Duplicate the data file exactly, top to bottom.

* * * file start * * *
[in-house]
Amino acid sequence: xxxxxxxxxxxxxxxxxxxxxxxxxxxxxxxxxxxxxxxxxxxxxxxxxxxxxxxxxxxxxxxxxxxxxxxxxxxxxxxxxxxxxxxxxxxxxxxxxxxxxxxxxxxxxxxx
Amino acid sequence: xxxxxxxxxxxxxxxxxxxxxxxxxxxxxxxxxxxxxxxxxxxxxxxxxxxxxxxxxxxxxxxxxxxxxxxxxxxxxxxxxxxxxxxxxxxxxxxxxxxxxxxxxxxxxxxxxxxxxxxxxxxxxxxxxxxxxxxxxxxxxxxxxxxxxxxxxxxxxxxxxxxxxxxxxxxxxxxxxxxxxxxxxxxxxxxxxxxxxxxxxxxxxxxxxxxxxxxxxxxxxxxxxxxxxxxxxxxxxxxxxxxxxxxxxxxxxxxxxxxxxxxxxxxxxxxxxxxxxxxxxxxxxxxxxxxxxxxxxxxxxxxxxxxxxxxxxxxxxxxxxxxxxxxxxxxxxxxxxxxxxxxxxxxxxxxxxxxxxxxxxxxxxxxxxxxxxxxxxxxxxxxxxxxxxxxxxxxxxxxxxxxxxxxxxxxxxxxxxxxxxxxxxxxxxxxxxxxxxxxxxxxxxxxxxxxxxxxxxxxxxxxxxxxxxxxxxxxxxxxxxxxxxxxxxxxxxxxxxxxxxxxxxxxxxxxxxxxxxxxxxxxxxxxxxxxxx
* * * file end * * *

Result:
[in-house]
Amino acid sequence: xxxxxxxxxxxxxxxxxxxxxxxxxxxxxxxxxxxxxxxxxxxxxxxxxxxxxxxxxxxxxxxxxxxxxxxxxxxxxxxxxxxxxxxxxxxxxxxxxxxxxxxxxxxxxxxx
Amino acid sequence: xxxxxxxxxxxxxxxxxxxxxxxxxxxxxxxxxxxxxxxxxxxxxxxxxxxxxxxxxxxxxxxxxxxxxxxxxxxxxxxxxxxxxxxxxxxxxxxxxxxxxxxxxxxxxxxxxxxxxxxxxxxxxxxxxxxxxxxxxxxxxxxxxxxxxxxxxxxxxxxxxxxxxxxxxxxxxxxxxxxxxxxxxxxxxxxxxxxxxxxxxxxxxxxxxxxxxxxxxxxxxxxxxxxxxxxxxxxxxxxxxxxxxxxxxxxxxxxxxxxxxxxxxxxxxxxxxxxxxxxxxxxxxxxxxxxxxxxxxxxxxxxxxxxxxxxxxxxxxxxxxxxxxxxxxxxxxxxxxxxxxxxxxxxxxxxxxxxxxxxxxxxxxxxxxxxxxxxxxxxxxxxxxxxxxxxxxxxxxxxxxxxxxxxxxxxxxxxxxxxxxxxxxxxxxxxxxxxxxxxxxxxxxxxxxxxxxxxxxxxxxxxxxxxxxxxxxxxxxxxxxxxxxxxxxxxxxxxxxxxxxxxxxxxxxxxxxxxxxxxxxxxxxxxxxxxxx